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The disconnect between the rhetoric of government, especially the Federal government, and the life and prospects of ordinary Americans is a vast chasm. The poor and working poor grow poorer. The rich and super rich grow richer, flaunting their political influence, wealth and extravagant lifestyles, provoking those less clever and lucky. The un-necessary wars go on and on, and cost more and more in lives and treasure, while the government refuses to restrain the military industrial complex or engage the 99% of the untouched population by risking a draft or war taxes. The Left/right political process is broken, yet hangs on because of fear of change, fear of disrupting the obsolete political norm, and fixing things like the dangerous Electoral College process for electing Presidents, where a vote in Alaska is worth 6 times more than a vote in Chicago, or the Senate that leaves us with lopsided representation that is geographic instead of population-centered. And let’s look at the ramifications of the decay of standards in education, and loss of general civility throughout society. All of that, together with inflammatory rhetoric emanating from some of our politicians and what used to be the news media, leaves little doubt that some of those on the fringe of mental stability might resort to acts of brutal terror to gain attention or express their utter frustration with society. Thus it is not surprising that Tucson happened, but that it doesn’t happen more often. The remedies, or at least the most glaring opportunities for remedy, are implied in the shortcomings I’ve just summarized. Was Tucson but a violent expression of a latent madness which ultimately infects us all.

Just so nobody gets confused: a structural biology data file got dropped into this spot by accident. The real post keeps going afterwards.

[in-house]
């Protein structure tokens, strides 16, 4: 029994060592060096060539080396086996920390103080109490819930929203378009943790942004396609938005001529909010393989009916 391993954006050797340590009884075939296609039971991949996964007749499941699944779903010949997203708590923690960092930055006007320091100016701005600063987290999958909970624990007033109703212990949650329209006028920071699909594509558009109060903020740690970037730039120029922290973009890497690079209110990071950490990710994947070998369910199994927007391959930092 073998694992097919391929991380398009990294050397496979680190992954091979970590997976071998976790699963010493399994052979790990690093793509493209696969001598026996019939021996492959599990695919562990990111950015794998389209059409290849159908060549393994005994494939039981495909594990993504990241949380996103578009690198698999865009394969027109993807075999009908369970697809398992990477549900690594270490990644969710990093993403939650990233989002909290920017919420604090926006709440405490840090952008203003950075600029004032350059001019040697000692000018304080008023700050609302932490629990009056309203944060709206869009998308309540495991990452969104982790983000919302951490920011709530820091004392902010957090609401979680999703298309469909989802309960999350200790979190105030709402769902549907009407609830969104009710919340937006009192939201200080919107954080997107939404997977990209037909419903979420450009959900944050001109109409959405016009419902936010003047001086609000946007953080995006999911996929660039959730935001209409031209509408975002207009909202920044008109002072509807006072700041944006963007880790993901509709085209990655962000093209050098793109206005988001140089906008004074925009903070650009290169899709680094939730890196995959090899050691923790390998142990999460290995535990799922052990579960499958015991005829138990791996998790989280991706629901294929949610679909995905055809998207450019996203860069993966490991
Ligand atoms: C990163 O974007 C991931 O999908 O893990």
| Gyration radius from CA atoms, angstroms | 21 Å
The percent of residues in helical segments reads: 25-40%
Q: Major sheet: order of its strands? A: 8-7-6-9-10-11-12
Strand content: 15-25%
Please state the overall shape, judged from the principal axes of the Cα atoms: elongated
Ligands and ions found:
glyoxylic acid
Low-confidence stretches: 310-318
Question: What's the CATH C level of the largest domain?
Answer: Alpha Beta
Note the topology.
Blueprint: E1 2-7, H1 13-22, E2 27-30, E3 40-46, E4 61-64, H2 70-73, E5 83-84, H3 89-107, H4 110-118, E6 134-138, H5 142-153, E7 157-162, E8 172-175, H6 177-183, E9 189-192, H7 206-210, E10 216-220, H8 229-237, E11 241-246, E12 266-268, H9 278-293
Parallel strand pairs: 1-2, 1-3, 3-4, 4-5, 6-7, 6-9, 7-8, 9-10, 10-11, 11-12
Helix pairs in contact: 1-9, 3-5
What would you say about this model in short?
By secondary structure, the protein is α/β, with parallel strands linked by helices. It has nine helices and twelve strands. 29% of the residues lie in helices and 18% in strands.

January 2011

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